This Wall Street Journal Article addresses the dire straights that 529 Plans are in and how it is affecting families’ abilities to cope with college costs.
- OCTOBER 16, 2008
College Savers Stuck in Stocks as Market Falls
IRS Rule on 529 Plans Allows Just One Portfolio Shift a Year; Weighing a Cheaper School
By JANE J. KIM
A rule designed to protect investors in 529 college-savings plans is having the unintended side effect of preventing them from shifting to more-conservative investments as the stock market swoons.
When Charles Strawbridge of Ashtabula, Ohio, got nervous about the markets this past spring, he wanted to boost the bond allocations in the 529 plans he had set up for his 16- and 19-year-old sons. But because he and his adviser, Matt Olver of Cleveland, had already changed his investment mix in January, he had to keep his current allocation of 20% and 25% in equities for his older and younger sons, respectively.
Now, after watching the accounts drop in recent weeks, he’s telling his older son — who is in the process of transferring colleges — to consider less-expensive schools. “We do have to keep in mind the downturn that the market has had on his available funds,” says Mr. Strawbridge, a 55-year-old accountant. “It was unfortunate that we couldn’t have made the move. It takes a little bit off the table.”
With 529 plans, investors put after-tax dollars into an account that typically offers a range of mutual funds and other investments. Distributions and earnings are tax-free, as long as they’re used for higher education. The plans have grown in popularity in recent years — they held about $110 billion in assets at the end of the second quarter — although the pace of net new investments into the plans has started to slow, according to Citigroup Inc.’s Financial Research Corp..
Amid the current market turmoil, more investors like Mr. Strawbridge are running into one of the quirkier restrictions of these state-sponsored plans: an Internal Revenue Service rule that limits investors to one investment change per calendar year. The rule is intended to keep people from making knee-jerk reactions to market moves, but some investors and financial advisers say it makes the plans overly restrictive. Indeed, the College Savings Plan Network, a membership organization of state 529 officials, investment firms, program managers and others, is considering asking the Treasury Department to raise that limit to four times a year.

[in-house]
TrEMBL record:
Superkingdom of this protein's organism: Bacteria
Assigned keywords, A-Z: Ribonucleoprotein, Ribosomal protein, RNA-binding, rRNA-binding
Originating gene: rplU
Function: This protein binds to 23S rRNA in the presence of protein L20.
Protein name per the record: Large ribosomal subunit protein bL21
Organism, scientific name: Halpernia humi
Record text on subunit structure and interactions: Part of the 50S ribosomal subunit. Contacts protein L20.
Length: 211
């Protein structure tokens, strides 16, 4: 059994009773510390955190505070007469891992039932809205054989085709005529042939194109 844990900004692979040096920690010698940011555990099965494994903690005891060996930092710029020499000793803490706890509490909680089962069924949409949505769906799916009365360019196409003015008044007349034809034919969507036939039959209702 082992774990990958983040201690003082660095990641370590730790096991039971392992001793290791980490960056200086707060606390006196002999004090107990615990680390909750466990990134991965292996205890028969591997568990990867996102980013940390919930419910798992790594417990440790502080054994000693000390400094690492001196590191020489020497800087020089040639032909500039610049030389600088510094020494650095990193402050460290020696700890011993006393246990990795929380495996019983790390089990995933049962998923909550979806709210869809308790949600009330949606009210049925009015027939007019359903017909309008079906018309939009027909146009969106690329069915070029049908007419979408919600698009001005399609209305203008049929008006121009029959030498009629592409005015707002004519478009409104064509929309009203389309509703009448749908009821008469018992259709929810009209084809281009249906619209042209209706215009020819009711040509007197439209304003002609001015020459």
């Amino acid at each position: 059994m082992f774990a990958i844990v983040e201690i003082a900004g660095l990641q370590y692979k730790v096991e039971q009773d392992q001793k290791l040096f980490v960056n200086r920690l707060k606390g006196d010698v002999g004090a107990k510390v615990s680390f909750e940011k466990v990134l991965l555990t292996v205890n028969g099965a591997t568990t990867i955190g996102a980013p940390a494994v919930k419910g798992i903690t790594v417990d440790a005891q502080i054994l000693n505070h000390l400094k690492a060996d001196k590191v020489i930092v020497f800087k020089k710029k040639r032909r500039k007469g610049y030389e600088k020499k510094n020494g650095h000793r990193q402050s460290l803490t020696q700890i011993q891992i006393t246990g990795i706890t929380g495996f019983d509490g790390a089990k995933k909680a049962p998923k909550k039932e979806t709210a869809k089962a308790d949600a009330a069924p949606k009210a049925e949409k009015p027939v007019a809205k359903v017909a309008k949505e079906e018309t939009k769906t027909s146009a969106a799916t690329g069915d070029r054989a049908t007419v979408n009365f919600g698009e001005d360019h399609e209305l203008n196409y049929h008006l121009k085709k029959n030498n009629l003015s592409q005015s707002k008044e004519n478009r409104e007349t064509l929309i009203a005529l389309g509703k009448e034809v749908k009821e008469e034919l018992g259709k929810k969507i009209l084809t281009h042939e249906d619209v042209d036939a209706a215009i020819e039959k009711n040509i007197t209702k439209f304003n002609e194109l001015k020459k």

But that’s not the only feature of 529 plans that’s causing investors grief right now. Many investors use age-based portfolios that automatically shift to more conservative investments as the child nears college. Yet some of these conservative portfolios may actually hold a high percentage in stocks. North Carolina’s National College Savings Program has an age-based portfolio that can hold just over 50% in stocks, including real-estate securities, just one year before the child starts college. That portfolio, which is part of the state’s CollegeHorizonFunds managed by J.&W. Seligman & Co., was down 15.7% for the 12 months ended Sept. 30. Given the big market drops this month, the plan has likely posted additional losses.
Seligman’s age-based portfolios were designed to create “the opportunity for capital appreciation” while becoming “extremely conservative” in college, says Charles Kadlec, the firm’s managing director. The CollegeHorizonFunds move to 100% cash in the last two years of college, he says.
Other plans with more-aggressive portfolios include Nebraska’s broker-sold AIM College Savings Plan, which can have as much as 40% in equities when the child is one to three years away from college, and South Carolina’s Future Scholars direct-sold plan, which can have up to 33% in equities with college enrollment one to two years away.
Keeping Pace With Tuition
Such equity exposure may help investors keep pace with tuition increases, some investment managers say. “If you’re a senior in high school, you still have five years before you hit your senior year of college,” says Tom Kazmierczak, senior product manager for T. Rowe Price Group Inc.’s 529 unit, whose portfolios for students starting college in 2009 can hold up to 28% in stocks and up to 20% while the child is in college.
Now more than ever, spending the time and effort to plan correctly for college is critical. Analyzing the family financial circumstance as it relates to the calculation of the Expected Family Contribution (EFC), which drives need-based assistance, shopping for the right college in terms of the student’s academic, financial and personal needs, maximizing the student’s achievements, and exploring alternative payment and financing options, are so important to increase the potential to receive a value education.
Choices become more limited and planning becomes paramount.